The author of Lancelot: The One Armed Kangaroo talks about his book, the real story behind it, the process of creating an audio book, how he got his famous actors, the music, its reception in Germany, and lots more. Interview by Magdalena Ball (

What inspired you to write Lancelot?

Lancelot is based on a true story but more of that later. Since it was such an amazing and also very emotionally event I had no other choice than to write it down. What stroke me most was how the little poor fellow handled his traumatic experience (he lost his arm in a terrible accident). I then wondered what it means to be physically disabled, how it would change your life and if you actually could turn your "disadvantage" into an "advantage".

Why did you decide to turn it into a talking book?

I love everything involving sound and moreover I love to play with it. Of course Lancelot in the first place was a written piece and originally I wrote it in my native language which is German. I tried to find a publisher in Germany but (like anywhere else) there is a greater chance to hit the jackpot in a lottery than finding a publisher for a children's novel. Since I work as a producer and broadcaster for SBS Radio Melbourne I decided to turn the story into a radio play. It came relatively easy to me because I have the skills to record and edit complex sound files and mix them up with music and sound effects. SBS expressed interest in broadcasting the finished story over a whole week as a series during the school holidays. The feedback was great, the kids and adults loved it. Just out of curiosity I offered it to audio book publishers in Germany and did hit the jackpot. It's been on the German market for nearly three years by now.

What made you self-publish rather than going down the traditional route?

Again, no publisher in Australia showed any interest in producing the audio book. That made my decision easier to do it all myself. I had complete control over the story and the design of the audio book, which was very satisfying.

How did you go about gathering such famous actors to do the recording?

Having been an actor in Australia myself a few years ago it happened that I was in the same play with David Tredinnick. I was always fascinated by his beautiful voice. Back then I already knew that whenever I need a talent for my audio books I would ask him. Anne Phelan I met through my wife who is a costume designer and had worked with her on an ABC television series. Matthew Whittet I met on the set of the movie "Australia". They all were intrigued by the story and agreed without hesitation to be part of the production.

Tell me about the music: were you involved in the composing?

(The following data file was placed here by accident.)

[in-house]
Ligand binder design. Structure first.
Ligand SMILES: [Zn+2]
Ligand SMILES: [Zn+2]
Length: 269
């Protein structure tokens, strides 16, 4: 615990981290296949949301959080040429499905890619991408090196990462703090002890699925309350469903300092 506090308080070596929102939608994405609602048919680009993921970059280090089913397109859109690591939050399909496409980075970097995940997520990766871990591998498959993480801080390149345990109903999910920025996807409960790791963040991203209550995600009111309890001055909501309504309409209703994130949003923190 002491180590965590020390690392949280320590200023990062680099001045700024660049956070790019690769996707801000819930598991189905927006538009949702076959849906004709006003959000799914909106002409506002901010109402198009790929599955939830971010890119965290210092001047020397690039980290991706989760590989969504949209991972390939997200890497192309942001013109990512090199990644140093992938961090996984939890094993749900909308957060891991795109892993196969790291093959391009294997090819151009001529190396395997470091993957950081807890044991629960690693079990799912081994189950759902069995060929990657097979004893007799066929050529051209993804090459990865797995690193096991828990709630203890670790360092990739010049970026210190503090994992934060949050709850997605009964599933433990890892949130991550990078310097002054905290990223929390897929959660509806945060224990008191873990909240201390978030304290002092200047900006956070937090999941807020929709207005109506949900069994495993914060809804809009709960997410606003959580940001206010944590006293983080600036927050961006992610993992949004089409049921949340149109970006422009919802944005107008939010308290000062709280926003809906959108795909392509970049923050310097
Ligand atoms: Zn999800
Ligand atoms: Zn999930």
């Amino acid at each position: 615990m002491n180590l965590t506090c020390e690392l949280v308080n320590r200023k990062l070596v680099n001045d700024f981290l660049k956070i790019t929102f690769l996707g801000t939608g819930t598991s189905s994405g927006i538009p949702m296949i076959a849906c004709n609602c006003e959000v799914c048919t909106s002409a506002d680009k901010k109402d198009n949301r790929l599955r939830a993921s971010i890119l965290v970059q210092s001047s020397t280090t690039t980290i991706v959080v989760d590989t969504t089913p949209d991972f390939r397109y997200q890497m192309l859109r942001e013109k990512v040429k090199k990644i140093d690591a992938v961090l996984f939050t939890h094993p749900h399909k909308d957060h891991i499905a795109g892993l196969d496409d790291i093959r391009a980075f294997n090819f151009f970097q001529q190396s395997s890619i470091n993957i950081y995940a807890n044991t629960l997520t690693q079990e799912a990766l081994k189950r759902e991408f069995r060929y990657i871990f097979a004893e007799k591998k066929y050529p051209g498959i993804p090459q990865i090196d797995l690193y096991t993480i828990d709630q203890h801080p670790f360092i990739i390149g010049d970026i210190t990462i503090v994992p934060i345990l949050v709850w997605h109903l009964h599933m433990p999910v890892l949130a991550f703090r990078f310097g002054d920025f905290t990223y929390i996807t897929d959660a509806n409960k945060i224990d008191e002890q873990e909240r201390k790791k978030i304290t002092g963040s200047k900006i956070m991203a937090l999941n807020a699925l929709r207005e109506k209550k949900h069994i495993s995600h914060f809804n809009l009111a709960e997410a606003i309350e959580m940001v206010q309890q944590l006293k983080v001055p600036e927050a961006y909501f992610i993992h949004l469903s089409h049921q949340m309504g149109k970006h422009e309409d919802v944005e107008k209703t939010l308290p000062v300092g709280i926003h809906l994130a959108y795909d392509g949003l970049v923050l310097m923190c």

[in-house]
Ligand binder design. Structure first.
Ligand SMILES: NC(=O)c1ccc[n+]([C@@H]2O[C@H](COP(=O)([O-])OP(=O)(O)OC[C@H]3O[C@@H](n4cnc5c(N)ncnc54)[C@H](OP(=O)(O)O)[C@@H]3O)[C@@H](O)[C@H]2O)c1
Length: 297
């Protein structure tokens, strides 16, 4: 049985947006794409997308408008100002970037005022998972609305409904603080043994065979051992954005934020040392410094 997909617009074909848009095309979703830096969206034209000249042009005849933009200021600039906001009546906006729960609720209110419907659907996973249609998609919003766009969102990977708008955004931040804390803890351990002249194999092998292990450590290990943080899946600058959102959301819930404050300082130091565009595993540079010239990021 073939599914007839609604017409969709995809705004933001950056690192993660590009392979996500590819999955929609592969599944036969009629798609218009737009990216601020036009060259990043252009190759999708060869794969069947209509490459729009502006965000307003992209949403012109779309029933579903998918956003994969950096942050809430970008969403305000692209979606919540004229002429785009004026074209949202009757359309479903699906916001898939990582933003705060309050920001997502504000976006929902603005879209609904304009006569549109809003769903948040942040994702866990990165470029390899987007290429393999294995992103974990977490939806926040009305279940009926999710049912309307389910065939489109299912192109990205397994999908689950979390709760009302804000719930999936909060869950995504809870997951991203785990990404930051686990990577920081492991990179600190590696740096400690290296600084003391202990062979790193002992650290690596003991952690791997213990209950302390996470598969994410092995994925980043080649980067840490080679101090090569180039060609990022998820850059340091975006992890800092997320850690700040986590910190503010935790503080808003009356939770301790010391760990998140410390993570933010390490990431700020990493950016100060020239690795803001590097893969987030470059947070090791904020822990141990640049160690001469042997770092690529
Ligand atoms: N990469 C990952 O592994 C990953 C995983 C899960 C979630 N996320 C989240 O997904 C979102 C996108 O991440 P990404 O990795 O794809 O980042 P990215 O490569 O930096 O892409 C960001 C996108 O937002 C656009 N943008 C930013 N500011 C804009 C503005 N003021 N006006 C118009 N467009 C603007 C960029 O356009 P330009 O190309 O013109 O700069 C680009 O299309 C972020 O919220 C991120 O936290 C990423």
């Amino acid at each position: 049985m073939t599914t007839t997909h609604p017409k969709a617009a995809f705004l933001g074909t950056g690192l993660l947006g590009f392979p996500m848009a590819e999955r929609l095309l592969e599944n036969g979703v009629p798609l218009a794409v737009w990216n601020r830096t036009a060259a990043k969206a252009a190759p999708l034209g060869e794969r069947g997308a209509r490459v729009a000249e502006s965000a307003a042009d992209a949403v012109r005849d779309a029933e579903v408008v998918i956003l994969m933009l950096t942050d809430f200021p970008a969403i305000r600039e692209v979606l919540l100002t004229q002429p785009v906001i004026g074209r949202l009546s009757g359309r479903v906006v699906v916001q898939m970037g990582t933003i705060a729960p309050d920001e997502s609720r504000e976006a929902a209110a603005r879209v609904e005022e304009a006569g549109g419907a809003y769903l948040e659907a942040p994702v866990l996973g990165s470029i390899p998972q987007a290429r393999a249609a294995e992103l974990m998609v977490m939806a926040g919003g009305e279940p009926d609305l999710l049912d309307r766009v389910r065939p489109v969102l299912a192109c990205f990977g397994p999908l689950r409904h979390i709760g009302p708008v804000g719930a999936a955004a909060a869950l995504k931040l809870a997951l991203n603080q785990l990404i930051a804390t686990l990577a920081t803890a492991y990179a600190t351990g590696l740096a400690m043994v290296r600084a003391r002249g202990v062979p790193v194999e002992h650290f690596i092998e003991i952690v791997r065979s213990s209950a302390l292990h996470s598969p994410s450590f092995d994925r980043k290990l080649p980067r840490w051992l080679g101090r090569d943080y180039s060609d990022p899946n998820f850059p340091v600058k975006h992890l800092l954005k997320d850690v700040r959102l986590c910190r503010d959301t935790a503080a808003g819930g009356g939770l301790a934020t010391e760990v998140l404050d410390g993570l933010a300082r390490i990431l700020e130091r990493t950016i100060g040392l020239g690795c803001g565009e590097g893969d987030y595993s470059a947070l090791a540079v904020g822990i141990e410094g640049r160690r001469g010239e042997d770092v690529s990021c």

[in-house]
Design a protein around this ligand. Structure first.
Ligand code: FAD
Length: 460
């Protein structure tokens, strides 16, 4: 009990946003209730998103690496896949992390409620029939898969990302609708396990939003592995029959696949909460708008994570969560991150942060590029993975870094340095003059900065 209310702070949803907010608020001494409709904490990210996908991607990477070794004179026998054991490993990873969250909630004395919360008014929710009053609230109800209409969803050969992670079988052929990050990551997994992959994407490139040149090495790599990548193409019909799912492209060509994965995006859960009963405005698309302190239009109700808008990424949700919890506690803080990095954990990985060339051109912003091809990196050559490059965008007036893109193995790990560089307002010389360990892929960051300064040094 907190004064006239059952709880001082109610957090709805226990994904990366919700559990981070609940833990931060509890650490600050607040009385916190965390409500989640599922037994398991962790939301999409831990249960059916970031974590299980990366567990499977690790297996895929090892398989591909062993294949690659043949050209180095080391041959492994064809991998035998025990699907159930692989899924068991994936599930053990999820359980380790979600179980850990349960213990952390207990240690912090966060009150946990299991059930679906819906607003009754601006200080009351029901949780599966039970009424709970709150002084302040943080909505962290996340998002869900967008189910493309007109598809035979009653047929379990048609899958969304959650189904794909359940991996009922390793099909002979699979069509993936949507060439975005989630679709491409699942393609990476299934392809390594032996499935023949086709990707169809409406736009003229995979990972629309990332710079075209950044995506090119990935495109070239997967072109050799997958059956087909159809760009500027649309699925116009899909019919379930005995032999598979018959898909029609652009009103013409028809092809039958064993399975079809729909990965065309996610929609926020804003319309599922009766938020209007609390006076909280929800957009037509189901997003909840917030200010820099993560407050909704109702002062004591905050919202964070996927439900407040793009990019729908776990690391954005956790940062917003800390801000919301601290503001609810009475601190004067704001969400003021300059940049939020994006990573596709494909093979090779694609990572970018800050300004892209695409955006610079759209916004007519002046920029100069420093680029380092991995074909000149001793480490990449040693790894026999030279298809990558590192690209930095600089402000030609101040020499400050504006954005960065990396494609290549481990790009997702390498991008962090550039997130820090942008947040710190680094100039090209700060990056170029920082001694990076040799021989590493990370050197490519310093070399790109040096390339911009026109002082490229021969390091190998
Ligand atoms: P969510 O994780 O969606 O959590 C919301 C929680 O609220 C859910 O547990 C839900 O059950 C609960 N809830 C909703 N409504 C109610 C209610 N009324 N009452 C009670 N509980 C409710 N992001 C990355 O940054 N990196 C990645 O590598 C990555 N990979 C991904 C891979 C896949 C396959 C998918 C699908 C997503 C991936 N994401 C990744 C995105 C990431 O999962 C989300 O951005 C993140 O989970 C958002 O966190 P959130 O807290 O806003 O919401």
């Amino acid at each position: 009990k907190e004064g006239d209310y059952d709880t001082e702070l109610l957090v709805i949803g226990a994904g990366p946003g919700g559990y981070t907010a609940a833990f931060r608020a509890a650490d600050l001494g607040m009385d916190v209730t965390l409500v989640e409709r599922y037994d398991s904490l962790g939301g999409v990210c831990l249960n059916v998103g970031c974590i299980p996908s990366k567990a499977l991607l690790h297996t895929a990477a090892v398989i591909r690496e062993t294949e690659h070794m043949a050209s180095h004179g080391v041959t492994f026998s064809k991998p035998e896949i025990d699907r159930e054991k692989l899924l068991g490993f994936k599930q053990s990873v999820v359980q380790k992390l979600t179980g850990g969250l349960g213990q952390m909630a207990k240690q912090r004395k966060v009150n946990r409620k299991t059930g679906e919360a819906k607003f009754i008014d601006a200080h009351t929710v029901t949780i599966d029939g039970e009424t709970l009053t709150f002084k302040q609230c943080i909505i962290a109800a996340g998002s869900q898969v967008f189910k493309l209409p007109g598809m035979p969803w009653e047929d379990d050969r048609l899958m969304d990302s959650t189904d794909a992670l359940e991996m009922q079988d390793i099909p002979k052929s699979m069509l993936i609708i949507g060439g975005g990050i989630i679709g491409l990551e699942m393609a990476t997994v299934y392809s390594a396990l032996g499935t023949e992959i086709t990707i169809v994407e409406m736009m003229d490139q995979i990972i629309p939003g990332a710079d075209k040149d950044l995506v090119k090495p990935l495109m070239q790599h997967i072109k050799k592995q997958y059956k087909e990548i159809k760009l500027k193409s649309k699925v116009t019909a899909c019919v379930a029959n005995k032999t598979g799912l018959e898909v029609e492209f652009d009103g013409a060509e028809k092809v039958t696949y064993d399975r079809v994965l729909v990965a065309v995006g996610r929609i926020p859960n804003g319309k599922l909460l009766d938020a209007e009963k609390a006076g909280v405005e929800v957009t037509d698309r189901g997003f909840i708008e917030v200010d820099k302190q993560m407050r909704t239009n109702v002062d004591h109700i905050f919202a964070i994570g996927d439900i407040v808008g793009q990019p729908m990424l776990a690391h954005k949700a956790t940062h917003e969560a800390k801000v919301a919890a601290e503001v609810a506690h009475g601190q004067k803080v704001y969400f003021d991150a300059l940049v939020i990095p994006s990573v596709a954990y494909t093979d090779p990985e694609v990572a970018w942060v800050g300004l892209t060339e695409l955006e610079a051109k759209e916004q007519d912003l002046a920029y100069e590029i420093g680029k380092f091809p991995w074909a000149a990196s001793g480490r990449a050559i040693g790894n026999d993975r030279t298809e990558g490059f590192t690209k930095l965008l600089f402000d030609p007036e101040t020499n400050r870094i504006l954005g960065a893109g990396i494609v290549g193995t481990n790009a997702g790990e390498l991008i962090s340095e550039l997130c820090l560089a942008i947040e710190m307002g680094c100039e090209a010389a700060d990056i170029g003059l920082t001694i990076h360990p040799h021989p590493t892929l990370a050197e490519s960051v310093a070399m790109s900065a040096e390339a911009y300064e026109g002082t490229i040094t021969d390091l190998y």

The music was specially composed for Lancelot by a German composer (also a friend of mine) who has written a few hits in Germany. All I gave him was an indication where I would like to have music that reflects the mood of the particular scene.

On your website you say that Lancelot is based on a true story. Tell me more about that.

Lancelot actually is a true story! His mother was hanging dead in a fence, I collected him and raised him at my house in the country. Lancelot loved to hang around with the horses in our neighbour's paddock. All the time I had the suspicion that he actually thought he was a horse. One day after I came back after having been away for a couple of days I found him at the back door, confused and puzzled. He had a broken arm and the only explanation was that he got kicked by a horse. I rushed him to the vet and the only way to save him was to amputate his arm. Soon after he had recovered he left me but came back after a week. I took the bucket off his head, brushed and fed him. He stayed for a day but then went away again. Over the next couple of years two of my neighbours spotted him on three occasions in the nearby bush staying with a mob. What I learned later is that injured male kangaroos are not a threat or considered as competitors to the other males in the mob, so that makes it easy for them to join the mob.

You published Lancelot first in German, but it's such an Aussie story! Has the reception been stronger or weaker overseas than it has here? Why do you think that is?

Germans love everything Australian. And what is more Australian than a kangaroo? The response over there is stronger than here. Kangaroos are far more exotic to German children.

Tell me about the book you're currently working on: Pirate. Are you planning to also do that as an audio book?

"Pirate - The barking Kookaburra" will definitely be another audio book. And Pirate will be number 2 of many more to come. The story: Pirate is growing up in a family that has forgotten how to laugh because everybody is too busy with everyday life. One day Pirate gets lost and finds a temporary home where he befriends the owner's dog. The dog is determined to teach Pirate how to laugh. However since dogs mainly know how to bark Pirate ends up barking which eventually helps him to overcome obstacles on his journey.

What inspired me here again is how someone "fitted with unusual personal attributes" can develop strength and courage which enable him to go unusual ways in finding his goal in life or fulfilling his dream.

About the interviewer: Magdalena Ball runs The Compulsive Reader. She is the author of Sleep Before Evening, The Art of Assessment, Quark Soup, and, in collaboration with Carolyn Howard-Johnson, Cherished Pulse and She Wore Emerald Then. She runs a monthly radio program podcast The Compulsive Reader Talks.